Venice – St. Mark’s Square in Venice was under water on Tuesday after a system of newly installed mobile dams could not be activated. Residents – long accustomed to perennial “acqua alta” or high-water events – once again put on their rubber boots to deal with the floods, which reached 4.5 meters above sea level in the afternoon.
The waters suppressed St. Mark’s Square, the lowest area of the Renaissance city, about three meters above sea level, and penetrated the famous basilica as many shopkeepers blocked its entrance with wooden boards to keep water out of it.
A huge flood protection system called MOSE, designed to protect the Venetian lagoon during high tide, was finally installed in October.
The network of caissons filled with water was designed to be lifted within 30 minutes to create a barrier that could withstand a water rise of about ten meters from normal.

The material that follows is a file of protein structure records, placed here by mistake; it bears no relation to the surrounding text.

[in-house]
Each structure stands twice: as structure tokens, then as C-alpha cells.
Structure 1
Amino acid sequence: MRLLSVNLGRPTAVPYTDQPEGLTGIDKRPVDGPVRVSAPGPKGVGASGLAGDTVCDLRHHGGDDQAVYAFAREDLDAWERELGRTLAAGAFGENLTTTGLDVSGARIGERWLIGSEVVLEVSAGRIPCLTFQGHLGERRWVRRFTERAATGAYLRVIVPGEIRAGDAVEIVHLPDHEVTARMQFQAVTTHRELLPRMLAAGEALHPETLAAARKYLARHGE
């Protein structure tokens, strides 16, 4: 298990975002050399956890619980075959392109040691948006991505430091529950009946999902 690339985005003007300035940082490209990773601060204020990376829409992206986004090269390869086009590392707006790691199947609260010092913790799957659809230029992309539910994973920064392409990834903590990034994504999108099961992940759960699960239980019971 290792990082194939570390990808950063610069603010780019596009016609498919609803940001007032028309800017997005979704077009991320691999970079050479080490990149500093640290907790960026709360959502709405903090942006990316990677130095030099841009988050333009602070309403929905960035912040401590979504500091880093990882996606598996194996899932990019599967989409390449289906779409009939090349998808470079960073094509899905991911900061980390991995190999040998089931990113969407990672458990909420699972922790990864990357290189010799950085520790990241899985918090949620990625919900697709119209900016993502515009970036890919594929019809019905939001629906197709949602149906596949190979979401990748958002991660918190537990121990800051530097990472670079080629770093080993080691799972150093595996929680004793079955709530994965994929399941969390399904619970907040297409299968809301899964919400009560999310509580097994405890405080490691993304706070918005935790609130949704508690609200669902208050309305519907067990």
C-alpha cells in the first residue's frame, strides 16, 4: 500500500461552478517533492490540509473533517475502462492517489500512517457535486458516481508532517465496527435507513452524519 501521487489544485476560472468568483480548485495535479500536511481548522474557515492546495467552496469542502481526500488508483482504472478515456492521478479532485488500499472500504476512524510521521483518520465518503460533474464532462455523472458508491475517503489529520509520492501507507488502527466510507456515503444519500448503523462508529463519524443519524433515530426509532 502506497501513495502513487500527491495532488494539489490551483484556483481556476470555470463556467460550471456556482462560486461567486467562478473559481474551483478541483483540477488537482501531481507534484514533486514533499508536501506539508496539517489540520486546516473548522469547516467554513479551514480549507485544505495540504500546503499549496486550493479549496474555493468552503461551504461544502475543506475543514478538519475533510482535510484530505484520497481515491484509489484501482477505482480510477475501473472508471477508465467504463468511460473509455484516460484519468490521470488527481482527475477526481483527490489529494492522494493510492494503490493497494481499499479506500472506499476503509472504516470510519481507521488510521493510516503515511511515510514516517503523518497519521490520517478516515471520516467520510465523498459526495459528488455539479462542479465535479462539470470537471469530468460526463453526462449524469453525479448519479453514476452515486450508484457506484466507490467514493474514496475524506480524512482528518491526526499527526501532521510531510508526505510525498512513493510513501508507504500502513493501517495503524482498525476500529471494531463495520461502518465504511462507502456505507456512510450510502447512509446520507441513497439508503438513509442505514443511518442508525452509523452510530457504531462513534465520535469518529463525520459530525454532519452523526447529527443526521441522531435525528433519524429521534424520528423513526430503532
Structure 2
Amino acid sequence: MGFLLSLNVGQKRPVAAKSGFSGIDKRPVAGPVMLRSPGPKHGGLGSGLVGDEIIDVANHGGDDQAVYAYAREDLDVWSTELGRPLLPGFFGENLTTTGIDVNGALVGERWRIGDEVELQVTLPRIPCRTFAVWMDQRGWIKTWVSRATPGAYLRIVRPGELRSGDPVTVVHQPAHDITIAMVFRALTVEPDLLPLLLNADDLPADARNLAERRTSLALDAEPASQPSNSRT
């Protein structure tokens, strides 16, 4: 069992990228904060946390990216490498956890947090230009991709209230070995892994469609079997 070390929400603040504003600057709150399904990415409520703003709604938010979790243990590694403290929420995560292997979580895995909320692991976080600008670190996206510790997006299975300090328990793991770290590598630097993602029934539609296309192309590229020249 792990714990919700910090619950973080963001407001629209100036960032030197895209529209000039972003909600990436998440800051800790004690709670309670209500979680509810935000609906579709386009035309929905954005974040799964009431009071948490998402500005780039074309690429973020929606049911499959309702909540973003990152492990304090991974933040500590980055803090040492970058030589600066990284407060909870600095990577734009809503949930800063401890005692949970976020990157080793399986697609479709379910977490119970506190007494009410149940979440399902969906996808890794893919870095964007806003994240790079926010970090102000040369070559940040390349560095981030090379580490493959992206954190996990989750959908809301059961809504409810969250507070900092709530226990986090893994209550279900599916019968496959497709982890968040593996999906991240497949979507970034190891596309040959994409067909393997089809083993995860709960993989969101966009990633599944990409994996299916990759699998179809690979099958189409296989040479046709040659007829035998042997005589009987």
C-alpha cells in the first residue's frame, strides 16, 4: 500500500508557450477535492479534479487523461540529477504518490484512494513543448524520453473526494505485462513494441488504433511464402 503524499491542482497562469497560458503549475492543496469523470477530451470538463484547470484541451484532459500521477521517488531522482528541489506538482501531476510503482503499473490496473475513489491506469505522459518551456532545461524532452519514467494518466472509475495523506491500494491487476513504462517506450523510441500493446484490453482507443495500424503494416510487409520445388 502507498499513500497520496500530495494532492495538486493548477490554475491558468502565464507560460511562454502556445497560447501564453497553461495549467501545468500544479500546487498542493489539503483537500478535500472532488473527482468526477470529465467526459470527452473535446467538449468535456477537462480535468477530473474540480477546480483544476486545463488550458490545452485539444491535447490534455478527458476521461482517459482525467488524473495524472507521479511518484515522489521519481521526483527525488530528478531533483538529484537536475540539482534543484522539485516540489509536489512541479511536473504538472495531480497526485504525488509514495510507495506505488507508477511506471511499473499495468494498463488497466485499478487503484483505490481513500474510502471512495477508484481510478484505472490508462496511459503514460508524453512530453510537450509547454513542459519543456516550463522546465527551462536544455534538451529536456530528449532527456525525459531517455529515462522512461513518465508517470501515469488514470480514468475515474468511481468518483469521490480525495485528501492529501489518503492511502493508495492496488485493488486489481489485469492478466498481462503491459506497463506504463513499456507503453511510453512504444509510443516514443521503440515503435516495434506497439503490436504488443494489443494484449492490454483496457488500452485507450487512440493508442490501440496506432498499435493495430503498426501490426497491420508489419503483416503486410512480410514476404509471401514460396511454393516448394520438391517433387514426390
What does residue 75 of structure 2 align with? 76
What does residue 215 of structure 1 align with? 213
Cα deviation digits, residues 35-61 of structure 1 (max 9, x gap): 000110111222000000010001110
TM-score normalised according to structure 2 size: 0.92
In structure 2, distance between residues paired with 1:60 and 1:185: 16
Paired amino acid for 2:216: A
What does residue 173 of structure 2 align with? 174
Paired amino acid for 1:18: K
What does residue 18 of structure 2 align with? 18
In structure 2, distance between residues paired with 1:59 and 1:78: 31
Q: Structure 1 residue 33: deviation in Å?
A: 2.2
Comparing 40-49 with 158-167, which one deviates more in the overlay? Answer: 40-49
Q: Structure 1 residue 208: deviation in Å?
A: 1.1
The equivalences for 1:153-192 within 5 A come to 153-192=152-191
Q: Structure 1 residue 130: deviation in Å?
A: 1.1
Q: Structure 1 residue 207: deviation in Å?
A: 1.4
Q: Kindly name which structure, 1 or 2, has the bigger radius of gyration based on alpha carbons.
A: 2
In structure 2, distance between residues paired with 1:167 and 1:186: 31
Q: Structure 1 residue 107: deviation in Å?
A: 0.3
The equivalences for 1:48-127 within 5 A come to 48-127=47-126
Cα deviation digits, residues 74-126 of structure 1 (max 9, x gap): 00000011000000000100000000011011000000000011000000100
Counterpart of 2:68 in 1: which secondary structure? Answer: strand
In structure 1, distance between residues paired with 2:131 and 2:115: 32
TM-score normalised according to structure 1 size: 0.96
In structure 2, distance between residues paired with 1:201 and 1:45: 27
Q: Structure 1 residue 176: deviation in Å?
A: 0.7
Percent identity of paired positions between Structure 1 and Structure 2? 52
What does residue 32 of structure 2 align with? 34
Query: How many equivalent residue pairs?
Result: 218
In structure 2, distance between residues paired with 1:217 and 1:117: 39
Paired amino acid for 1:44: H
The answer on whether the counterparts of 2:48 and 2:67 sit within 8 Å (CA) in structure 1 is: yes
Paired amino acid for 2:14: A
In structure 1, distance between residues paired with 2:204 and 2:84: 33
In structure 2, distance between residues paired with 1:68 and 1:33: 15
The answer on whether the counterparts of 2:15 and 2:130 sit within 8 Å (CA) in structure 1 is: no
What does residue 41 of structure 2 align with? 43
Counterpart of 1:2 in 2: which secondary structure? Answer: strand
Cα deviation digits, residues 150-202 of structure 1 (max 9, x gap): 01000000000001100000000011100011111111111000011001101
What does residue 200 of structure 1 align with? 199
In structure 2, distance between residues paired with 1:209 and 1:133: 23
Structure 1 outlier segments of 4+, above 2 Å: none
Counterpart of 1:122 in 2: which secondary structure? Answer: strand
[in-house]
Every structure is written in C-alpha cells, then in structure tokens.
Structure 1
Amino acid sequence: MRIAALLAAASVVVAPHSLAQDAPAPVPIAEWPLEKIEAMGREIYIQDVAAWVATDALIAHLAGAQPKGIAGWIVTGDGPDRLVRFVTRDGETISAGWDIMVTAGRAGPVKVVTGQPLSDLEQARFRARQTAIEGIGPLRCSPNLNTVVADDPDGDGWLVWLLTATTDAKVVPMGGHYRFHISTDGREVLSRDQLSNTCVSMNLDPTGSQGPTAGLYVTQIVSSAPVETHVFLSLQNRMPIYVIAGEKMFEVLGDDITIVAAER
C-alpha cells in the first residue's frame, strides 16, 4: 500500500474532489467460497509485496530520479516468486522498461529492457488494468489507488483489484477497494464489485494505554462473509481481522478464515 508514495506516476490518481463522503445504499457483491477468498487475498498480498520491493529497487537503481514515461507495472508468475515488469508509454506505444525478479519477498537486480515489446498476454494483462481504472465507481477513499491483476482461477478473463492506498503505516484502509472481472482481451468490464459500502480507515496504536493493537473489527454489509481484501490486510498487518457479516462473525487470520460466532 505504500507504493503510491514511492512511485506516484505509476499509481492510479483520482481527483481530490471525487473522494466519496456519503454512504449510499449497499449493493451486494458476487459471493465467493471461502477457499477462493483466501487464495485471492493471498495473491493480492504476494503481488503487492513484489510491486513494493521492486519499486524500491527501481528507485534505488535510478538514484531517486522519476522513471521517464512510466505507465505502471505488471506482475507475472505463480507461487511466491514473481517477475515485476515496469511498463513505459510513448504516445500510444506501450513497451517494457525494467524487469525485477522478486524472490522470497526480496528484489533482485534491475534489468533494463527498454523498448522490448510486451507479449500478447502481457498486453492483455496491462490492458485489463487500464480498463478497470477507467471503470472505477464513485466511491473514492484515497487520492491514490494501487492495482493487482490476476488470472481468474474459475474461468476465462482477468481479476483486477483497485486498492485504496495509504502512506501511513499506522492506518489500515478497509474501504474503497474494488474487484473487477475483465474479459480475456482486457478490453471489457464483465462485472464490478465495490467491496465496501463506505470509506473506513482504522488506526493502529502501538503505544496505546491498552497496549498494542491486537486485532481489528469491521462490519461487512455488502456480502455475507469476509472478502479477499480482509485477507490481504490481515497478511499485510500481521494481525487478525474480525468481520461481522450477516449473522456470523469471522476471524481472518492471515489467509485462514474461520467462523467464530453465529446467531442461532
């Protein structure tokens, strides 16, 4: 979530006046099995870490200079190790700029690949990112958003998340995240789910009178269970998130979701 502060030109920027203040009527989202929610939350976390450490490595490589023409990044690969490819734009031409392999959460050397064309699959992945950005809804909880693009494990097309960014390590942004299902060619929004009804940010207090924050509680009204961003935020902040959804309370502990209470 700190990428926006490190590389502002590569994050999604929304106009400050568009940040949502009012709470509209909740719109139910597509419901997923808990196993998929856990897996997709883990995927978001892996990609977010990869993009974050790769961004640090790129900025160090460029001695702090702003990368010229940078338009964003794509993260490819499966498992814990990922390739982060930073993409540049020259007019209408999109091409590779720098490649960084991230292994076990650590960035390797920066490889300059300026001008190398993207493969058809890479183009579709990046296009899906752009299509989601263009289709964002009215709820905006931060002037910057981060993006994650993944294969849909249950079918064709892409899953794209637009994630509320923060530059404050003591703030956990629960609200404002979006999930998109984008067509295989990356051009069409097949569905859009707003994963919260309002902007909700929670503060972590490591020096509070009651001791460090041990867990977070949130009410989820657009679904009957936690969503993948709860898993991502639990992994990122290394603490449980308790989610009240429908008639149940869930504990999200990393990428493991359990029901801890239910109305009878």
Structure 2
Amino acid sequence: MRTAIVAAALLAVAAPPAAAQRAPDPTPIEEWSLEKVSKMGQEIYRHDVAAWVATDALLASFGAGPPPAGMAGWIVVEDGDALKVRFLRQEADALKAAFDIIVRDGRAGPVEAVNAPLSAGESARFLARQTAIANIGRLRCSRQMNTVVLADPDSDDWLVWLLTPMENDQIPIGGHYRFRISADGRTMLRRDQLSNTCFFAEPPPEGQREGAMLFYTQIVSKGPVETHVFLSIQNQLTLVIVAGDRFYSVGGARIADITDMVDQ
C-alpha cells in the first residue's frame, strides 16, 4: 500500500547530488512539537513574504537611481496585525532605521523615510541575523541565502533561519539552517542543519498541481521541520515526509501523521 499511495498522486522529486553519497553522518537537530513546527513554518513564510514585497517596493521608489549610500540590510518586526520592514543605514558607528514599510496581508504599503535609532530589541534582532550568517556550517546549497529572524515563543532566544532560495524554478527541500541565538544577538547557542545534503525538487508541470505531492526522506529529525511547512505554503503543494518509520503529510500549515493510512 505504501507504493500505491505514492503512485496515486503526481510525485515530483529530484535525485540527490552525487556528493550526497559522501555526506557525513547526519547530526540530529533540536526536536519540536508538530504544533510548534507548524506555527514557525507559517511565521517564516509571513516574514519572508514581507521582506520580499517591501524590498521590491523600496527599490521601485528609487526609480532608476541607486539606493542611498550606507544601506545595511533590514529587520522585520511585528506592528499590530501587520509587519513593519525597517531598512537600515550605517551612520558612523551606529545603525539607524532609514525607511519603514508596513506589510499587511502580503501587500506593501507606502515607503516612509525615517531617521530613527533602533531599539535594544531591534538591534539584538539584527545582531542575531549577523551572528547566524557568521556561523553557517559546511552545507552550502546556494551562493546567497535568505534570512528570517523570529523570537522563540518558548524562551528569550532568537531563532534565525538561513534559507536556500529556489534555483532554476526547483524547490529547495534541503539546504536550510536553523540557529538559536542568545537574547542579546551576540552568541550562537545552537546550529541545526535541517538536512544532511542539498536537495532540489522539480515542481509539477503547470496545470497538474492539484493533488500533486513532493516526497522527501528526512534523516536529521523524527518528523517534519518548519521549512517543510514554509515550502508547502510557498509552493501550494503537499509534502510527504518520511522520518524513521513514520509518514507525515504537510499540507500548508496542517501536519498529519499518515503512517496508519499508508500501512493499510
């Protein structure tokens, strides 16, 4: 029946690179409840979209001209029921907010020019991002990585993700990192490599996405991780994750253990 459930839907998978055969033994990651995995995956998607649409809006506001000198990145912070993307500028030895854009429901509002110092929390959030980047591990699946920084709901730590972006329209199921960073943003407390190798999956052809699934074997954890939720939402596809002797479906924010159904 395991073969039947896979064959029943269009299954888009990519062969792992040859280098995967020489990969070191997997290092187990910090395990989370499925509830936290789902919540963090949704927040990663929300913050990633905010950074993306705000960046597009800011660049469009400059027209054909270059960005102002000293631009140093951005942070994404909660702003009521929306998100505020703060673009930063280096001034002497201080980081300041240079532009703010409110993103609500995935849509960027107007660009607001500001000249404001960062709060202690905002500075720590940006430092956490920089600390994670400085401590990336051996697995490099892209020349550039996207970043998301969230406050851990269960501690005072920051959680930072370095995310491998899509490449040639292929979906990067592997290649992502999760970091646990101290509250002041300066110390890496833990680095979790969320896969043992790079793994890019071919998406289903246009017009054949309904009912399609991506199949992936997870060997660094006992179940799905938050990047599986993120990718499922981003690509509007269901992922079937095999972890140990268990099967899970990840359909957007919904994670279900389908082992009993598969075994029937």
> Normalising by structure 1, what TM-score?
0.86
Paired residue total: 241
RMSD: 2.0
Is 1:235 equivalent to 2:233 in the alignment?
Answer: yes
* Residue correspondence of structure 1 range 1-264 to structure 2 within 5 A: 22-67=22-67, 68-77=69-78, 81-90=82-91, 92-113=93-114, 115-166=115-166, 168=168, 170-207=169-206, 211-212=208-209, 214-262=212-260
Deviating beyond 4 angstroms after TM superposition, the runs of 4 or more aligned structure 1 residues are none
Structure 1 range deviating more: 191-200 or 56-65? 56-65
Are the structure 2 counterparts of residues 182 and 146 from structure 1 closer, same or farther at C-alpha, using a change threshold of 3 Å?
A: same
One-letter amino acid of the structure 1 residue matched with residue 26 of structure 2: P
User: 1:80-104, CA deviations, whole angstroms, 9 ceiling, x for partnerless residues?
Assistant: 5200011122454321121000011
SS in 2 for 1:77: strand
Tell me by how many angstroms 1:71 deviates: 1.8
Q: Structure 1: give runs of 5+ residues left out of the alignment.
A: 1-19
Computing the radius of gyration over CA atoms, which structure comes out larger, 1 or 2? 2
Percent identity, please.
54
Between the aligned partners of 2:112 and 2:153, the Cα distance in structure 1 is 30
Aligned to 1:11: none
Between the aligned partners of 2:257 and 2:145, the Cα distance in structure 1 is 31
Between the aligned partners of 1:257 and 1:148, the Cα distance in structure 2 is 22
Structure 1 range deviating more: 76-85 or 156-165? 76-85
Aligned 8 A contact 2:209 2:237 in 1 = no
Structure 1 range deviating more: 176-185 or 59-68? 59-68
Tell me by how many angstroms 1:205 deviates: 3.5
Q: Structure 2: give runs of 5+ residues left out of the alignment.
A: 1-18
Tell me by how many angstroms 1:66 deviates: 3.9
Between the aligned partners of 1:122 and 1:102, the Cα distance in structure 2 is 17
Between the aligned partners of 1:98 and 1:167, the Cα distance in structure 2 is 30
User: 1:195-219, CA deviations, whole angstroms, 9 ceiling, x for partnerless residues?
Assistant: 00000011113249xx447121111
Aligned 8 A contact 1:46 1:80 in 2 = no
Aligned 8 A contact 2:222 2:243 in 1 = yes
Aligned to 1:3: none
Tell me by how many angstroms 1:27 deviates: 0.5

But on Tuesday, the system did not work because the forecast erroneously predicted a rise of only four meters above sea level.
“Activation of MOSE requires greater forecasting,” Venetian Mayor Luigi Brugnaro told Italian news agency Agi.
“We’ll have to review the rules of command.”
On November 12, 2019, the water reached a peak of 6 meters above sea level, which is one of the highest. Dozens of churches with UNESCO World Heritage status have been damaged.
The MOSE infrastructure project began in 2003, but was hit by cost overruns, corruption scandals and delays.
The project cost about seven billion euros ($ 8 billion), compared to the original estimate of two billion.